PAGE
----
The DFO taking the attendance; DFO in loud voice, ‘Ranger of Kundera?’, answer ‘Yes sir!’
DFO calling out in louder voice ‘Ranger Sawai Madhopur’, the Ranger in sharp attentive voice ‘Yes sir’.
DFO said ‘WII’... the WII vehicle driver said ‘Yes sir and present with the WII gypsy ’.
Now the DFO asked, ‘Veterinary Doctor’. There was no answer. One of the forest guards close to the doctor held his hand and raised it in the air shouting in ear-splitting voice ‘Present sir!’
DFO now satisfied; said, ‘quorum complete’ Start the treatment... there was no movement, no action...
DFO commanded ‘Doctor, start the treatment’. From his thick glasses one could clearly see the doctor’s tiny eyes looking huge and swollen with fear.. .sweating profusely he asked ‘ME???’
DFO said, ‘Yes, Do not worry, I am with you; now start off’ the surprised doctor said ‘Sir, I have not even seen a tiger in real life in spite of visiting park, how do I treat it?’
DFO said ‘I see, we shall make you and your family see many tigers next time you visit the park, now start the treatment. I will help you with the procedure’, he asked the doctor ‘Doctor, what experience do you have in large mammals’ the doctor replied, ‘I know how to give medicines to cattle’ the DFO said ‘Ah! Fine, then get that pada [buffalo calf] I had ordered and let the doctor give the medicine to it, the tiger will kill and eat it, and get cured’. The doctor happy that he would not have to treat the tiger directly; without any arguments gave a huge injection to the buffalo calf and the guards of the forest tied the calf near a tree and returned to the forest office.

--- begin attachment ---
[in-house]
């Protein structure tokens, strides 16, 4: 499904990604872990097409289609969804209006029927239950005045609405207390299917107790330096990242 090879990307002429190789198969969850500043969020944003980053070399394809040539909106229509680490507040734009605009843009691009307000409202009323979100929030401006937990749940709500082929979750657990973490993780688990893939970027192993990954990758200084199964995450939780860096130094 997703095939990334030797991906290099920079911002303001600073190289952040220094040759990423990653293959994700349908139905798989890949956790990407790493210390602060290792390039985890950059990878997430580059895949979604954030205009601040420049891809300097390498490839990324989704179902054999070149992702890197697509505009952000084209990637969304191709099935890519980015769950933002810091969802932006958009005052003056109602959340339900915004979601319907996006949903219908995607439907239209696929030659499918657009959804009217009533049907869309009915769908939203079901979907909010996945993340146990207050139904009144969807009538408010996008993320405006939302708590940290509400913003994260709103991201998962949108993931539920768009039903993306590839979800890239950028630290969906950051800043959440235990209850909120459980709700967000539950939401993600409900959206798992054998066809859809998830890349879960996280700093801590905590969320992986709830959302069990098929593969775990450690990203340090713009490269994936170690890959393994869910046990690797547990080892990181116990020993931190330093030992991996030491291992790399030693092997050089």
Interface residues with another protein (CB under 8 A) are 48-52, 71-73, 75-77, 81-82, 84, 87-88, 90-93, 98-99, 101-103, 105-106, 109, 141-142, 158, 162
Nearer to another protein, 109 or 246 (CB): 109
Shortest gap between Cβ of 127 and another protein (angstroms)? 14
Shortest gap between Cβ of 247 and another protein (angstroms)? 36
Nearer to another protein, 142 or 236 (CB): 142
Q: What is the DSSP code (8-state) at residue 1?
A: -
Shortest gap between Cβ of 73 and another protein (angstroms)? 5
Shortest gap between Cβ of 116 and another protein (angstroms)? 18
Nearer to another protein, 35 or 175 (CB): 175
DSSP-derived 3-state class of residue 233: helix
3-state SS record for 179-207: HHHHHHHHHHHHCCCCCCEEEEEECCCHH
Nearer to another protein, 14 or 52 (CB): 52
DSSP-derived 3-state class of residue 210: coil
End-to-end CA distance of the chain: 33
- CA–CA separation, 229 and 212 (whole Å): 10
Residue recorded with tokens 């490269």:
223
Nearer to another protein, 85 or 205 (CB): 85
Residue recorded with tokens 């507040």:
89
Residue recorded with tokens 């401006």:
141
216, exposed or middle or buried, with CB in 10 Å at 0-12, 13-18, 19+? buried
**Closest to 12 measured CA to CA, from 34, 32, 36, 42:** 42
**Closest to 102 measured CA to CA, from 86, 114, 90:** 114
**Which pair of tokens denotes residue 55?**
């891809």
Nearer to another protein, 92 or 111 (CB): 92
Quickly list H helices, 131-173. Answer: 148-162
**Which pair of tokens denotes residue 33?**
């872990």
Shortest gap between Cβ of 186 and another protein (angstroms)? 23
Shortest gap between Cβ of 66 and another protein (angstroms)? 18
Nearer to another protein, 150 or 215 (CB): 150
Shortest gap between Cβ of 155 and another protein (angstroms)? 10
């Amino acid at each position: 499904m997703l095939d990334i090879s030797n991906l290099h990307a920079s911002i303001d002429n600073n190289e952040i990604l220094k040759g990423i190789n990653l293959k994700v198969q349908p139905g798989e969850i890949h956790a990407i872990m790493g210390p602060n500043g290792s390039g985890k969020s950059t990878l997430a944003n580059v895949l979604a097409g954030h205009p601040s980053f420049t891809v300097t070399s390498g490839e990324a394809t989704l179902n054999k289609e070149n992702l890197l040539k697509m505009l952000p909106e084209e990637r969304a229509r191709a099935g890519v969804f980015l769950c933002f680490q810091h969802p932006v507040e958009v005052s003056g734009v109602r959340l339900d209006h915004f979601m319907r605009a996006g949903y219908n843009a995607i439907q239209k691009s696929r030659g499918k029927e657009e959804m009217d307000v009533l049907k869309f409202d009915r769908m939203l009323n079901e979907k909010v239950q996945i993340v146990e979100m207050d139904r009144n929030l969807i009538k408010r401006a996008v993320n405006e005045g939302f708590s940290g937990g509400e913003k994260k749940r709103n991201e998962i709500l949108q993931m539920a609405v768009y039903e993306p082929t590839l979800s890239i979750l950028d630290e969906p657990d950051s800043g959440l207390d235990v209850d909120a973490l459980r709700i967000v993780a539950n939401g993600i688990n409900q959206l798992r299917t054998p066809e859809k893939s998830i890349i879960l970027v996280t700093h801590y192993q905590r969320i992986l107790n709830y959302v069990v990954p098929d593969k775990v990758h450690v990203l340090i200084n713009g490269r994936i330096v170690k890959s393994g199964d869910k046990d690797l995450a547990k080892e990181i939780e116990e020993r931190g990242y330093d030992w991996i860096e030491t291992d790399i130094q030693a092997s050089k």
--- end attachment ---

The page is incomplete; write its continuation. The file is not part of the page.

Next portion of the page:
DFO on return to office asked the doctor what injection did he give to the calf? The doctor self contained and happy to be alive answered ‘I have injected steroids, a little extra dose so that the loss of transfer from bait to tiger is covered.’
The wildlife trained ranger of Sawai Madhopur range asked ‘Doctor Sahib, Why did you give steroids to the cattle... will it not get charged and injure the tiger? The slightly baffled doctor replied that he carried just one injection with him and didn’t know any other medicine to give to tiger, the steroid will give push to the injured animal and it should help.
 The next day they found the tigress dead in the woods....with no sight of the buffalo calf around!